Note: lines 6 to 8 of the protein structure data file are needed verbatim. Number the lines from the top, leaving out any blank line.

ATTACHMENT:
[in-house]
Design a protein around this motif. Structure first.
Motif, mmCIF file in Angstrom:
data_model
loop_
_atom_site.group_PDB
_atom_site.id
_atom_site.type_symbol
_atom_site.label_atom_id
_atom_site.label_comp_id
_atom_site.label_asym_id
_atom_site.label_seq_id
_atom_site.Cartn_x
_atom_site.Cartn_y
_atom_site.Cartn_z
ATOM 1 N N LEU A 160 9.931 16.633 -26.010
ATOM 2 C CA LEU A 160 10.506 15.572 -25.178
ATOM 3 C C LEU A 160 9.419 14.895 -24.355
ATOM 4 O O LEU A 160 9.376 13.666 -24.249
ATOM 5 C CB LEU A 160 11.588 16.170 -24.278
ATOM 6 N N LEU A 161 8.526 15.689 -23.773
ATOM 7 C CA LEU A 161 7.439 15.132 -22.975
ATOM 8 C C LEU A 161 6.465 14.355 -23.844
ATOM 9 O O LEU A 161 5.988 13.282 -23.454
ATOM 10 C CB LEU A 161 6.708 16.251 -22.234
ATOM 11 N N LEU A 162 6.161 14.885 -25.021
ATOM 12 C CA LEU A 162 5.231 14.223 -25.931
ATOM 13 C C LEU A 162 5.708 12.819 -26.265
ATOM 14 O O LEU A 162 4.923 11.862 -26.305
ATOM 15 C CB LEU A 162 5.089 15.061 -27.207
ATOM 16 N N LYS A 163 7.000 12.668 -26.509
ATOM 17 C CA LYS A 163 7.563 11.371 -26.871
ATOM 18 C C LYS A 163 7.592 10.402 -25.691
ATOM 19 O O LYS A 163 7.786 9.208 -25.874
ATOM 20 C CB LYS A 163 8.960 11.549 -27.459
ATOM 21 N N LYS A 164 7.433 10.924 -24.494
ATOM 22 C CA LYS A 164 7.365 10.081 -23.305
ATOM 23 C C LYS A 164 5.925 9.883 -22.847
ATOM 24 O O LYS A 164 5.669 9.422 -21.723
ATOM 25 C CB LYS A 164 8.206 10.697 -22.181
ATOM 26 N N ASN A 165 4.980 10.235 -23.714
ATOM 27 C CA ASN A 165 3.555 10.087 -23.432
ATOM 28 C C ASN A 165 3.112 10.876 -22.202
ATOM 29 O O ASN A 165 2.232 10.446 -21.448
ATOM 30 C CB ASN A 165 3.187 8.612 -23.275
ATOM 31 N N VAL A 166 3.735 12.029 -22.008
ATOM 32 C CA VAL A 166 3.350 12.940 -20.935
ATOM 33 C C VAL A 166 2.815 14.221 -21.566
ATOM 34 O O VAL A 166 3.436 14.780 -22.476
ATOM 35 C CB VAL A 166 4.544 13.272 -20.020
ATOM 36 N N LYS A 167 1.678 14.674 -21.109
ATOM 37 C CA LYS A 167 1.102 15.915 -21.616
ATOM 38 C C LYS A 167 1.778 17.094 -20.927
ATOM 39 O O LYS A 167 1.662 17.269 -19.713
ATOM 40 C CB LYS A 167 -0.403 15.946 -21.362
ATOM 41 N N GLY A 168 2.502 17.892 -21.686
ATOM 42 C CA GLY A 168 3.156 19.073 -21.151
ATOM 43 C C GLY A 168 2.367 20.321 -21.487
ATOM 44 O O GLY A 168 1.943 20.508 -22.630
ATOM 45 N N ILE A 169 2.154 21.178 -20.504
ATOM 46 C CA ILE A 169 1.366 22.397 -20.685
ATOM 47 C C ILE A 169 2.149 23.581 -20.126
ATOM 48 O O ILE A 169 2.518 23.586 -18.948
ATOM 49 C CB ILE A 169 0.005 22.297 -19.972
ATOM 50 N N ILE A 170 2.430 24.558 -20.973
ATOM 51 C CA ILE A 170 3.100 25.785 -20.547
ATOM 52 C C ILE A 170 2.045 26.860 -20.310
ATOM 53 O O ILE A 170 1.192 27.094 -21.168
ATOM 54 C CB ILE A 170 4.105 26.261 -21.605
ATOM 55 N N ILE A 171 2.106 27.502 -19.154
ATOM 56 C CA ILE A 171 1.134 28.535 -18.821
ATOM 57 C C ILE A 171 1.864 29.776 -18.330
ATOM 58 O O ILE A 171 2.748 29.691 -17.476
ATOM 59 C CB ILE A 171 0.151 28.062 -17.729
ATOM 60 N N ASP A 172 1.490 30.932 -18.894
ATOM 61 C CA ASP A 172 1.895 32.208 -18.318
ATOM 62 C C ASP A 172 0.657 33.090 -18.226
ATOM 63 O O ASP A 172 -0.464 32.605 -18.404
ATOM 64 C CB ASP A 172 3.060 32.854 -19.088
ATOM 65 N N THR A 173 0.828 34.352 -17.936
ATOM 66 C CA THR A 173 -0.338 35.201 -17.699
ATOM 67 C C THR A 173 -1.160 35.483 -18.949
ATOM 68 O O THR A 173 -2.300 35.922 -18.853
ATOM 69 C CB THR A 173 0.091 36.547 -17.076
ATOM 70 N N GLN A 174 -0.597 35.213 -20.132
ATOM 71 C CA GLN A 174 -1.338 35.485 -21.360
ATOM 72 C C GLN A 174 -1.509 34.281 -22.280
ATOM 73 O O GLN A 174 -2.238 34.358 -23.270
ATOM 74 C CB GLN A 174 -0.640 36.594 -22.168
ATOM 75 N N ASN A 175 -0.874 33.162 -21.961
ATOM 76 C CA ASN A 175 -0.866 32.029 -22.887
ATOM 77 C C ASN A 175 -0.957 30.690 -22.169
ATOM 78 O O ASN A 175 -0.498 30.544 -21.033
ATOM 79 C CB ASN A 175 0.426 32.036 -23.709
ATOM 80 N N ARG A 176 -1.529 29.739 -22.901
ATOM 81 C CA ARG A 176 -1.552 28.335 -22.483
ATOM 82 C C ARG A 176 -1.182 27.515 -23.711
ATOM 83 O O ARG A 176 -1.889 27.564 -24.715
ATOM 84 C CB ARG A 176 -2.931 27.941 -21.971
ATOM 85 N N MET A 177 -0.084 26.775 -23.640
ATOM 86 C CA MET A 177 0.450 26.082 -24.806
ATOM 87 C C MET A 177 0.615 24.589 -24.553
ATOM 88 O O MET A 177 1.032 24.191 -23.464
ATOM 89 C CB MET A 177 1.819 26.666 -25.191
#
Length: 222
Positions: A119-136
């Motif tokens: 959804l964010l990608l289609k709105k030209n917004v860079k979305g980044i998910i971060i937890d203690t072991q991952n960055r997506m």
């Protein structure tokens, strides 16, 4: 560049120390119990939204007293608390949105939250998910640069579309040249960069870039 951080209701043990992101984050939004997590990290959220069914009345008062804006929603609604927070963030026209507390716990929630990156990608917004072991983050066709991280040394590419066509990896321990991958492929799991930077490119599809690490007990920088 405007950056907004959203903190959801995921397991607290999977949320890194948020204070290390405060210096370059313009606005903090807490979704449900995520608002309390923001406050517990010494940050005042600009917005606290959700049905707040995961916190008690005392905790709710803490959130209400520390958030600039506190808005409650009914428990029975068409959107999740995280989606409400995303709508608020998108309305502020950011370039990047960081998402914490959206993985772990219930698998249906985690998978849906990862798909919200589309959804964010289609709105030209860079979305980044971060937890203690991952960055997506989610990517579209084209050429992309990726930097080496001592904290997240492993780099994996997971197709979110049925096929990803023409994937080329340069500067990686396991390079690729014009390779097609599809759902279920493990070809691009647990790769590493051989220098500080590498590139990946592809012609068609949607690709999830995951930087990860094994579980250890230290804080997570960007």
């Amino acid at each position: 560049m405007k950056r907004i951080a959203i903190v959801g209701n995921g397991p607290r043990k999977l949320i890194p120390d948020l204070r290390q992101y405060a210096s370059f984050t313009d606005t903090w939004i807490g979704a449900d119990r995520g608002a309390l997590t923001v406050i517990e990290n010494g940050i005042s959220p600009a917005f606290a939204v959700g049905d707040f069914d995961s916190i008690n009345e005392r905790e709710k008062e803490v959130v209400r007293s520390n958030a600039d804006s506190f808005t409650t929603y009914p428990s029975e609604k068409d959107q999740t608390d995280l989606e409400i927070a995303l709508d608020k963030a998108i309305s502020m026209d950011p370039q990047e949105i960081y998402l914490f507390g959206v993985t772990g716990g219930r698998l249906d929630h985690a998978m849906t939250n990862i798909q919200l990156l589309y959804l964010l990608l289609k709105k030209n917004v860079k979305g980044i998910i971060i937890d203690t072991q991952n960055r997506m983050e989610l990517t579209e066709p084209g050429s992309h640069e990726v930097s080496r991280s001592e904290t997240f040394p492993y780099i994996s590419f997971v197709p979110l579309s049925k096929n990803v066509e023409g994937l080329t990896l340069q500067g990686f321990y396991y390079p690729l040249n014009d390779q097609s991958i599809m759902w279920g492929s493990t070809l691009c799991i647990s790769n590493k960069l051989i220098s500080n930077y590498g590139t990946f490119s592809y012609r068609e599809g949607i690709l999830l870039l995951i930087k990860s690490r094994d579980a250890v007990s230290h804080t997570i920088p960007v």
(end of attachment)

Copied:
_atom_site.group_PDB
_atom_site.id
_atom_site.type_symbol